Top Roman Catholic and Orthodox clerics declared Monday the time has come to heal the rifts between the two churches and to seek unity.
Sixty top Roman Catholic and Christian Orthodox clerics gathered for a week in Belgrade, Serbia, to renew theological dialogue this week, after talks broke off six years ago.
"East and West have been estranged from each other since the 11th century," said Orthodox Metropolitan John Zizioulas, according to The Associated Press. The schism of 1054 created the two churches of Rome and Constantinople - now Istanbul, Turkey.
"It is time to recover the ancient unity,” he reportedly said, adding that, because of the new political reality in Europe, East and West must now also meet on the political level.
Cardinal Walter Kasper said the two churches should turn to their "unity in God, one faith, one baptism."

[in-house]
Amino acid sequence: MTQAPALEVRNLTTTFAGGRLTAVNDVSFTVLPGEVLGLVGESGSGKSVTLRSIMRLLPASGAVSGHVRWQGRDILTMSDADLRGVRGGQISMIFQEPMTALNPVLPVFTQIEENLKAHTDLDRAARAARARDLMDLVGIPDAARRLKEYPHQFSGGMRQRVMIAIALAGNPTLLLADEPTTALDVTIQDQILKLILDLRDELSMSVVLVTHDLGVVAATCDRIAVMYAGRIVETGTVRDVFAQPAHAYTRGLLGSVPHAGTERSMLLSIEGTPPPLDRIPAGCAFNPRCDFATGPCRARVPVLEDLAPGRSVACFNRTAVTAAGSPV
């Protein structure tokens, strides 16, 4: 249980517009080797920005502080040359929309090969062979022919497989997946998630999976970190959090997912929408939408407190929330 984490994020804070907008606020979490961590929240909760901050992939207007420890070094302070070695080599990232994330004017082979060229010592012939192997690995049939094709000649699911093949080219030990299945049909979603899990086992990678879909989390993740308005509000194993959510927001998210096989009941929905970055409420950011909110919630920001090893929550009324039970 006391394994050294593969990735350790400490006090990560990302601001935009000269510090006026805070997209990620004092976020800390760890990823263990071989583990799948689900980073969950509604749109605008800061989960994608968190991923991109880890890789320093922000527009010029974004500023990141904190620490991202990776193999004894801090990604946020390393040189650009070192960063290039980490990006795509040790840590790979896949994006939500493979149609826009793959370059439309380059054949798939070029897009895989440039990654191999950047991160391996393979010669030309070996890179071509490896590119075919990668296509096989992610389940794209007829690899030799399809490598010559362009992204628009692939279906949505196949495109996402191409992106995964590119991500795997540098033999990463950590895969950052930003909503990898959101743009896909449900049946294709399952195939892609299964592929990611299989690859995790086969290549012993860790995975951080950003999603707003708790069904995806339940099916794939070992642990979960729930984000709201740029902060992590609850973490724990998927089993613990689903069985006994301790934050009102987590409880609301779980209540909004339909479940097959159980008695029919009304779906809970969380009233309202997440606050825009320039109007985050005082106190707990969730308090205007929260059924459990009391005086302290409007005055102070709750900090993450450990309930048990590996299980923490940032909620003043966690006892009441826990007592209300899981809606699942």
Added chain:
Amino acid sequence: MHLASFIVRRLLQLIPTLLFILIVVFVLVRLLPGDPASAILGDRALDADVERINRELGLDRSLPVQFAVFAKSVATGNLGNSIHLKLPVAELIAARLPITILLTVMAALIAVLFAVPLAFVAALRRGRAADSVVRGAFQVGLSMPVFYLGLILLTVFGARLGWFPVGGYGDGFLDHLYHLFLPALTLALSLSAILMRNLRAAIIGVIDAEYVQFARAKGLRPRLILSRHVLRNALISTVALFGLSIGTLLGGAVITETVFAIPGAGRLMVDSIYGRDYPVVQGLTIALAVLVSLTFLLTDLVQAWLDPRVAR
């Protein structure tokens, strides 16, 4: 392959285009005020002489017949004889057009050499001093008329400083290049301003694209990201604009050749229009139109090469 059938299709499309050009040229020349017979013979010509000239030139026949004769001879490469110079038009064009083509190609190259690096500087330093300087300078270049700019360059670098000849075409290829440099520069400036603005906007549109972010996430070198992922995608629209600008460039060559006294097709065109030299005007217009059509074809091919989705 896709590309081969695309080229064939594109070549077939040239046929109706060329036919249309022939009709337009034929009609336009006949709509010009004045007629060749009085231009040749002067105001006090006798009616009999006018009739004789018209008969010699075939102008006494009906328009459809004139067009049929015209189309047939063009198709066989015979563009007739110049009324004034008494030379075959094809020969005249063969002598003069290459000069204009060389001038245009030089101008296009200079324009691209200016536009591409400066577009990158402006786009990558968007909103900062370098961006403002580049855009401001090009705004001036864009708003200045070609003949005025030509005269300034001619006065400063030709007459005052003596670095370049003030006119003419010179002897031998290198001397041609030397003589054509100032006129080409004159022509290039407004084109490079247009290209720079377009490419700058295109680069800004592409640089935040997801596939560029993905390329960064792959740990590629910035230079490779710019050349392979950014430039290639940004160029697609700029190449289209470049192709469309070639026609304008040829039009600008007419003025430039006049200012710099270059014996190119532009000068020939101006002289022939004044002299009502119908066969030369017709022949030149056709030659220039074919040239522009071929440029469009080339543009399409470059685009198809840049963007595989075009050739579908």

Metropolitan Zizioulas emphasized that the two churches ask God for the strength to put behind them the errors and misgivings of the past. Cardinal Kasper also called for "forgiveness, purification of our memory of bad things, from both sides."
A release from the Vatican this morning said that two central and interconnected questions will be addressed by the meeting, “the primacy of the Bishop of Rome and the theme of ‘uniatism (regarding Eastern Churches who maintain their own Rites, but acknowledge the supremacy of the Pope).’”